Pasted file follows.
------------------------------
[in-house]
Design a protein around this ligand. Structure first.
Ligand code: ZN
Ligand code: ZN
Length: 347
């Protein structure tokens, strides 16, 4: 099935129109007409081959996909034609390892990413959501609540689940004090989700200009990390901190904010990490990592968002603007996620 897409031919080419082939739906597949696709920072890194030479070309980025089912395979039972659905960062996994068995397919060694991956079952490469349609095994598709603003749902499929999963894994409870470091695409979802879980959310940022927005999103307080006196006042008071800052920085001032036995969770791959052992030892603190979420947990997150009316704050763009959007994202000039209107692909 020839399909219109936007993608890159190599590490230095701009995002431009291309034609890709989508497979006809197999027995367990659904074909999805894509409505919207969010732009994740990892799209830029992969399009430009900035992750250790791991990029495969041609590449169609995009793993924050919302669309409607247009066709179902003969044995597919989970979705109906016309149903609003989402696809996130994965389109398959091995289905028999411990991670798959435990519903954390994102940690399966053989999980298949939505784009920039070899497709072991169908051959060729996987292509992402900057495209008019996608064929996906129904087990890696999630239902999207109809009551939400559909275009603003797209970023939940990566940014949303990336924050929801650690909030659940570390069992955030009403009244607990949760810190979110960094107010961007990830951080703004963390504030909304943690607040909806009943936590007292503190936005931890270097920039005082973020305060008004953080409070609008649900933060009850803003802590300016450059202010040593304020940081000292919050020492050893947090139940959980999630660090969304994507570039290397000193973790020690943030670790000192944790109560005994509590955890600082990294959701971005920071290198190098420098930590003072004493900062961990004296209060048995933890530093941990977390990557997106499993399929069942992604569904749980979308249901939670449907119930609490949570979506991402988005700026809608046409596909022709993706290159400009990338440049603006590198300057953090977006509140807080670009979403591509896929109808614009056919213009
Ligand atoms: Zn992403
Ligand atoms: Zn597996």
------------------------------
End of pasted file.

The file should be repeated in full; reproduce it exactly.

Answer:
[in-house]
Design a protein around this ligand. Structure first.
Ligand code: ZN
Ligand code: ZN
Length: 347
């Protein structure tokens, strides 16, 4: 099935129109007409081959996909034609390892990413959501609540689940004090989700200009990390901190904010990490990592968002603007996620 897409031919080419082939739906597949696709920072890194030479070309980025089912395979039972659905960062996994068995397919060694991956079952490469349609095994598709603003749902499929999963894994409870470091695409979802879980959310940022927005999103307080006196006042008071800052920085001032036995969770791959052992030892603190979420947990997150009316704050763009959007994202000039209107692909 020839399909219109936007993608890159190599590490230095701009995002431009291309034609890709989508497979006809197999027995367990659904074909999805894509409505919207969010732009994740990892799209830029992969399009430009900035992750250790791991990029495969041609590449169609995009793993924050919302669309409607247009066709179902003969044995597919989970979705109906016309149903609003989402696809996130994965389109398959091995289905028999411990991670798959435990519903954390994102940690399966053989999980298949939505784009920039070899497709072991169908051959060729996987292509992402900057495209008019996608064929996906129904087990890696999630239902999207109809009551939400559909275009603003797209970023939940990566940014949303990336924050929801650690909030659940570390069992955030009403009244607990949760810190979110960094107010961007990830951080703004963390504030909304943690607040909806009943936590007292503190936005931890270097920039005082973020305060008004953080409070609008649900933060009850803003802590300016450059202010040593304020940081000292919050020492050893947090139940959980999630660090969304994507570039290397000193973790020690943030670790000192944790109560005994509590955890600082990294959701971005920071290198190098420098930590003072004493900062961990004296209060048995933890530093941990977390990557997106499993399929069942992604569904749980979308249901939670449907119930609490949570979506991402988005700026809608046409596909022709993706290159400009990338440049603006590198300057953090977006509140807080670009979403591509896929109808614009056919213009
Ligand atoms: Zn992403
Ligand atoms: Zn597996």